The foregoing is a very brief review of the pre-war development of the ordinary common law principles of supervening impossibility of performance of contract. Before turning, however, to the war cases, there is another current of authority deriving itself from a different source but ultimately coalescing, notably under pressure of the war cases, in the stricter common law principles; not only coalescing in them but modifying them in the way in which ever since the days of Lord Mansfield the need of catering for the business man has broadened the common law. It has only been in this way that the common law has been able to maintain its position as one of the two great branches of English law, united or 'fused' since 1873. Lord Mansfield's foresight thus avoided the mistake made by the later medieval common lawyers and by admitting the influence of a second equity (the equity of the laws merchant and maritime) secured the future of his science and a sphere of influence which has never ceased to expand. A few words from a case decided in the House of Lords in 1916 to which we shall return later1 mark this coalescence. “When this question' (supervening impossibility of performance), says Lord Loreburn, ‘arises in regard to commercial contracts, as happened in Dahl v. Nelson, Donkin & Co., Geipel v. Smith3, and Jackson v. Union Marine Insurance Co.4, the principle is the same and the language used as to “frustration of the adventure” merely adapts it to the class of case in hand. In all these three cases it was held, to use the language of Lord Blackburn, that a delay in carrying out a charter-party, caused by something for which neither party was responsible, if so great and long as to make it unreasonable to require the parties to go on with the adventure, entitled either of them, at least while the contract was executory, to consider it at an end.''

1 F. A. Tamplin Steamship Co. v. Anglo-Mexican Petroleum Products Co. (1916] 2 A. C. at p. 404. 2 (1881) 6 App. Cas. 38.

8 (1872) L. R. 7 Q. B. 404. 4 (1874) L. R. 10 C. P. 125.

The expression ‘frustration of the adventure' is also familiar in marine insurance cases; see, for instance, Becker, Gray & Co. v. London Assurance Corporation'. In a charter-party case, Bailhache J. defined it as follows: •The commercial frustration of an adventure by delay means, as I understand it, the happening of some unforeseen delay without the fault of either party to a contract, of such a character as that by it the fulfilment of the contract in the only way in which fulfilment is contemplated and practicable is so inordinately postponed that its fulfilment when the delay is over will not accomplish the only object or objects which both parties to the contract must have known that each of them had in view at the time they made the contract, and for the accomplishment of which object or objects the contract was made.'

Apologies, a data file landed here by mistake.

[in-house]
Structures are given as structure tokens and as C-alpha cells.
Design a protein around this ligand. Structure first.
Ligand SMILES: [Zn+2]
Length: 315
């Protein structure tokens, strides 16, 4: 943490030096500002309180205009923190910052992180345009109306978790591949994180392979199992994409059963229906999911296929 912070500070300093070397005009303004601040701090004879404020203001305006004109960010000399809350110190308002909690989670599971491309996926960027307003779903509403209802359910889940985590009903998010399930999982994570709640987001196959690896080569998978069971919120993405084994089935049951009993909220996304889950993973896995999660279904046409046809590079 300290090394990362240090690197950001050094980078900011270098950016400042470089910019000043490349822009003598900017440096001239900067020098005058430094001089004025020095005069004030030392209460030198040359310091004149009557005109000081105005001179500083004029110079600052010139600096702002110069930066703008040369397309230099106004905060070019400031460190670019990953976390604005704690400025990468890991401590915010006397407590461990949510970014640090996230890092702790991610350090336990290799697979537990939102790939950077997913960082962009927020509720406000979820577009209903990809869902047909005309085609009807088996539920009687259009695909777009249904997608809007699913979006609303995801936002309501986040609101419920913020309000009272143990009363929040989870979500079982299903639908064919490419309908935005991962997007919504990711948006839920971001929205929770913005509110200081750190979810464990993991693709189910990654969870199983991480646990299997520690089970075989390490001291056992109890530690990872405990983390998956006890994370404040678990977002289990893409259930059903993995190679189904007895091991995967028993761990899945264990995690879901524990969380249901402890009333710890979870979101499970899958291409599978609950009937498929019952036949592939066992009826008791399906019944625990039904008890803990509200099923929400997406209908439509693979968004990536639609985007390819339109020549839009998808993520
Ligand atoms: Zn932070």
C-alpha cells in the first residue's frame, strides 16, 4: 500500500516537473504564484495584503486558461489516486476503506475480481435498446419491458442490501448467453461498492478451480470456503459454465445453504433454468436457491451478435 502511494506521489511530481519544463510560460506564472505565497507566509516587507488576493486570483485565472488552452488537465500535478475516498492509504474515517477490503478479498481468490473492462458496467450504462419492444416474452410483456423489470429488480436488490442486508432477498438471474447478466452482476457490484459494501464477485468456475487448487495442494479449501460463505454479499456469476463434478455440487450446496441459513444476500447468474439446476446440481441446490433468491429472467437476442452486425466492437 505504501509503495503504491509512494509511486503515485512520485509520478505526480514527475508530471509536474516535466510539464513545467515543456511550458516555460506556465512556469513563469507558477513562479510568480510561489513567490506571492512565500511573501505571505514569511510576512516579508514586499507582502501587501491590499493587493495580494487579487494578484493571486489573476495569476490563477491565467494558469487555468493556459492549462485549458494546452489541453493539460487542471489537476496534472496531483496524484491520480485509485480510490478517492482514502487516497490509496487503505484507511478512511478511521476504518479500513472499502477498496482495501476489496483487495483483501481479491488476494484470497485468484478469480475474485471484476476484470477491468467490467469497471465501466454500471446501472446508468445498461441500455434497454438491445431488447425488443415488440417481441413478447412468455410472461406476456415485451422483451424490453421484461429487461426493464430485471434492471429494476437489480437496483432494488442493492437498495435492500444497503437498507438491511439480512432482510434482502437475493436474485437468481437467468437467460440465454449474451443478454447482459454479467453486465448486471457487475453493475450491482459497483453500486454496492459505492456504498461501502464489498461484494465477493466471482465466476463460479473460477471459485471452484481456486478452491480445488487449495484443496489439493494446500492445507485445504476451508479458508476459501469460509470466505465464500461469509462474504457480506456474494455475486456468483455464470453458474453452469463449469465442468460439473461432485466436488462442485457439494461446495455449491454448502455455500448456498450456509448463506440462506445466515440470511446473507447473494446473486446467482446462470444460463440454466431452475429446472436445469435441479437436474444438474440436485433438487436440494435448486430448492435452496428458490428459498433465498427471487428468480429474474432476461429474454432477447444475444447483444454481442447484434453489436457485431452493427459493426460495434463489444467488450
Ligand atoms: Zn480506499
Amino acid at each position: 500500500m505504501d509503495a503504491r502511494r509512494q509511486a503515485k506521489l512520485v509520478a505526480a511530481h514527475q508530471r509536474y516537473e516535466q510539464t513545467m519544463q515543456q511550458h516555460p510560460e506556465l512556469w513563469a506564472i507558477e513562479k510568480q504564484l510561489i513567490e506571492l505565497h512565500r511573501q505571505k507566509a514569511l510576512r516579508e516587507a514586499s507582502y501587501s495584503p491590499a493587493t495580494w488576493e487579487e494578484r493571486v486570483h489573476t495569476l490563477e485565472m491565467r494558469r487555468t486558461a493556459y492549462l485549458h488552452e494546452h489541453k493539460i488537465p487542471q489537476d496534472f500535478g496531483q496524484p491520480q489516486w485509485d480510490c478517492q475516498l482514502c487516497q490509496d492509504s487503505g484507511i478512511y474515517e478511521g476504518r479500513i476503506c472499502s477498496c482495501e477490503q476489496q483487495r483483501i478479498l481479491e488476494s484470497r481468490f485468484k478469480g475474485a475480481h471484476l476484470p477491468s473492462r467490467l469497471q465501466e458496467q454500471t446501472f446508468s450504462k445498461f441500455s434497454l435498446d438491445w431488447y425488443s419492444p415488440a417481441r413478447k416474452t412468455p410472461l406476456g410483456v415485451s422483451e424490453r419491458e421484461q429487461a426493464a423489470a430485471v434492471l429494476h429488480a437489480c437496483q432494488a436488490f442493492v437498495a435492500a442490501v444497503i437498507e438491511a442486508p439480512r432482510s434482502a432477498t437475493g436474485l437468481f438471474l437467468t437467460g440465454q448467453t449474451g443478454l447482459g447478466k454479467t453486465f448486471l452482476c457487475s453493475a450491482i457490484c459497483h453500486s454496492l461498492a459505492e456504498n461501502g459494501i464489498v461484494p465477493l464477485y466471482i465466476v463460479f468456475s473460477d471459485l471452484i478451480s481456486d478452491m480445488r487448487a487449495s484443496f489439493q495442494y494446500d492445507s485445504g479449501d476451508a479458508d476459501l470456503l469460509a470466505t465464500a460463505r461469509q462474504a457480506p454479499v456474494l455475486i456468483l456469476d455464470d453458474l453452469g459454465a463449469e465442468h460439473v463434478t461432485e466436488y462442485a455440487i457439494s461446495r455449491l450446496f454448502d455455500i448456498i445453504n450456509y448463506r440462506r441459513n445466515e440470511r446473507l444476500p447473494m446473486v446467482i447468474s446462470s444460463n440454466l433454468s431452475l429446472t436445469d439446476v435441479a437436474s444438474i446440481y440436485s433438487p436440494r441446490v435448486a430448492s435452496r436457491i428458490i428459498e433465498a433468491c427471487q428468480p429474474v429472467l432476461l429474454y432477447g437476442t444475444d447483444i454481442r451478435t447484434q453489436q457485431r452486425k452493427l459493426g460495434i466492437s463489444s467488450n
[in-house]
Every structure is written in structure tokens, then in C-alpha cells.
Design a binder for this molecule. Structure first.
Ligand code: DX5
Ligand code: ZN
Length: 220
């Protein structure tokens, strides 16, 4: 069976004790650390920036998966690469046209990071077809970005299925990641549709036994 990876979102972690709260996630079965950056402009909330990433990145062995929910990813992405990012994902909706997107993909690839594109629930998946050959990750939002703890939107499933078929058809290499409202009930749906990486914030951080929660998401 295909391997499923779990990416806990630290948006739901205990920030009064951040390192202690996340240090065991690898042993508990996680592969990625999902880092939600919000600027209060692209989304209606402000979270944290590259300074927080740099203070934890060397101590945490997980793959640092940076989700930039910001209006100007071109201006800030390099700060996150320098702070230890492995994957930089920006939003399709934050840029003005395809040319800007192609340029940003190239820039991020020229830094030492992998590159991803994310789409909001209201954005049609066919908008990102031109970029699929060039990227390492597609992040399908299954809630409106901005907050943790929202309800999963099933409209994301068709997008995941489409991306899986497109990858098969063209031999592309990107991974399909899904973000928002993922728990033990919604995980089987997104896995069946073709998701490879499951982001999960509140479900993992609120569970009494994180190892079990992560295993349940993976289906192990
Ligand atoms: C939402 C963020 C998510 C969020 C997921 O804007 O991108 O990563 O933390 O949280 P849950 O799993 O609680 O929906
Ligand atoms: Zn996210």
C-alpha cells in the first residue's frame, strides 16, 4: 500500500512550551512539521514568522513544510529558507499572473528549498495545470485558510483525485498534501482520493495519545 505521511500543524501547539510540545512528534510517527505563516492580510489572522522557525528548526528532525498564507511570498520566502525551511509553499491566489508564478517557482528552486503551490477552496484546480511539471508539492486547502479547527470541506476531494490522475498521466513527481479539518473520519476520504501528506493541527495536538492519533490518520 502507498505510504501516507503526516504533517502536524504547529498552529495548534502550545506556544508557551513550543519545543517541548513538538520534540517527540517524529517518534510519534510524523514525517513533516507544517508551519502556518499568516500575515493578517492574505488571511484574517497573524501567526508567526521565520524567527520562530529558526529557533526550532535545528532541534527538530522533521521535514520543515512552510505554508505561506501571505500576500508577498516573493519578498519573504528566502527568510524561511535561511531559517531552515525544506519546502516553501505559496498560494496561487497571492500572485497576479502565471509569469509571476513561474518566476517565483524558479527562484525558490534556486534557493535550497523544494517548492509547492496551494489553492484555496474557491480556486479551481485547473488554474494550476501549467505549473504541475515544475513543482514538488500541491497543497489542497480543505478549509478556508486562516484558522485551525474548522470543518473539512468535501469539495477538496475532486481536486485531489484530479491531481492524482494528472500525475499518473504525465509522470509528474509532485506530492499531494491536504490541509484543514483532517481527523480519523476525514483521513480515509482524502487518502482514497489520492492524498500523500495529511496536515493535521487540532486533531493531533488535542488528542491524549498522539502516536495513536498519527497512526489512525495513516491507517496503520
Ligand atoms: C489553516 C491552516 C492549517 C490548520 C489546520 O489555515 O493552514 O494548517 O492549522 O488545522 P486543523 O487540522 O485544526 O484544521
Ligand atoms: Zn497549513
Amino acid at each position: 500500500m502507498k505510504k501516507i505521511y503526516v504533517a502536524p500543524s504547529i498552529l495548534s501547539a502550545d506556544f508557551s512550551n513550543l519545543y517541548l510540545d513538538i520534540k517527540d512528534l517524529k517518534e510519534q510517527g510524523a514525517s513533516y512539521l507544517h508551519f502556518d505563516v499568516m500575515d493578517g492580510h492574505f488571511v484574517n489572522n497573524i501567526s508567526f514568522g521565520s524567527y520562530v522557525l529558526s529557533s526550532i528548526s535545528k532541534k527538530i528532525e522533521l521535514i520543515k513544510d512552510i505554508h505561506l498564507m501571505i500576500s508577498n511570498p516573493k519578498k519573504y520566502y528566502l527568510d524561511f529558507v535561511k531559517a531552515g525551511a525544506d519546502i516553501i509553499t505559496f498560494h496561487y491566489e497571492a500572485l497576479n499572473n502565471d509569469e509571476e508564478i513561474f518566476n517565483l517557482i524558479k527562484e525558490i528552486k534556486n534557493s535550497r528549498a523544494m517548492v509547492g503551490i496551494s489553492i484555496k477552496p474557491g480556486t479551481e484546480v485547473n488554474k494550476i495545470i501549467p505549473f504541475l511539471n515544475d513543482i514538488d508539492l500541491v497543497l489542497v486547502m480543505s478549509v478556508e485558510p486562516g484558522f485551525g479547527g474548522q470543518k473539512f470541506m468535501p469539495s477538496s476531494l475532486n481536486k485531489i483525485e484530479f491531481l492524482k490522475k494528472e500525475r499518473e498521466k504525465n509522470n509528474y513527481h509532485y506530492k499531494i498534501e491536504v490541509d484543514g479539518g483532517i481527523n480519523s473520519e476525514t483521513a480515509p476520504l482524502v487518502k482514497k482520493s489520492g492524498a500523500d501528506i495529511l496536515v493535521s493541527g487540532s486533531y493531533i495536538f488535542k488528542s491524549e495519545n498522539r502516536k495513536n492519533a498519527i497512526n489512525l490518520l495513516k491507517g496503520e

We must, therefore, before entering upon an examination of the war cases, examine this commercial doctrine of the 'frustration of the adventure,' and discover its source and its limits. Such a doctrine would surely have sounded to the ear of Mr Justice Blackburn, who delivered the judgment of the Court of Queen's Bench in Taylor v. Caldwell, as dangerously lax, though at a later date, as we shall see, he was prepared to make use of it in commercial cases without apparently feeling it to be in any way in conflict with the severer ratio decidendi of Taylor v. Caldwell.

In Geipel v. Smiths, where a shipowner had before the outbreak of war contracted to carry a cargo of coal from Newcastle to Hamburg, the Court held that he was justified in refusing to load under a charter-party containing an exception of ‘restraints of princes and rulers' when the French blockade of the port of Hamburg prevented its performance. This exception not merely protected the shipowner from an action for damages, but operated to release him from the charter. "The object of each of them,' said Blackburn J. (as he then was) at p. 413, 'was the carrying out of a commercial speculation within a reasonable time; and if restraint of princes intervened and lasted so

1 (1918] A. C. 101.

2 Admiral Shipping Co. v. Weidner, Hopkins & Co. [1916] 1 K. B. at p. 436; (1917] 1 K. B. at p. 242. 3 Supra.

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long as to make this impossible, each had a right to say, “Our contract cannot be carried out”; and therefore the shipowner had a right to sail away, and the charterer to sell his cargo or refrain from procuring one, and treat the contract as at an end.' Again, Lush J. said at pp. 414-15, 'a state of war must be presumed to be likely to continue so long, and so to disturb the commerce of merchants, as to defeat and destroy the object of a commercial adventure like this.' Taylor v. Caldwell is not mentioned.

Two years later, in Jackson v. Union Marine Insurance Co., the Exchequer Chamber had to decide in an action upon a policy of insurance whether there had been a loss of chartered freight by perils of the seas. The shipowner undertook by charter-party dated in November 1871 to proceed from Liverpool to Newport (Mon.) with all possible dispatch (dangers and accidents of navigation excepted), and there load a cargo of iron rails and carry them to San Francisco. On the way round from Liverpool the vessel went aground on January 3, 1872, and was got off on February 18 in such a condition that her repairs would not be completed until the end of August. Meanwhile, on February 15, the charterer repudiated the contract and chartered another ship. The effect of the delay would have been to substitute an autumn for a spring voyage, which meant a different adventure. The Court held that the shipowner could not have maintained an action against the charterer for not loading, and therefore had sustained a loss of chartered freight by perils of the seas. The finding of the jury upon which the majority judgment of Baron Bramwell is based was that 'the time necessary to get the ship off and repairing (sic) her so as to be a cargo-carrying ship was so long as to put an end in a commercial sense to the commercial speculation entered into by the shipowner and charterers,' and so far from being deterred by the severer principles laid down in Taylor v. Caldwell, the Baron says that it'is a strong authority in the same direction.' Mr Justice Blackburn (as he then was), who delivered the judgment of the Court of Queen's Bench in

1 Supra.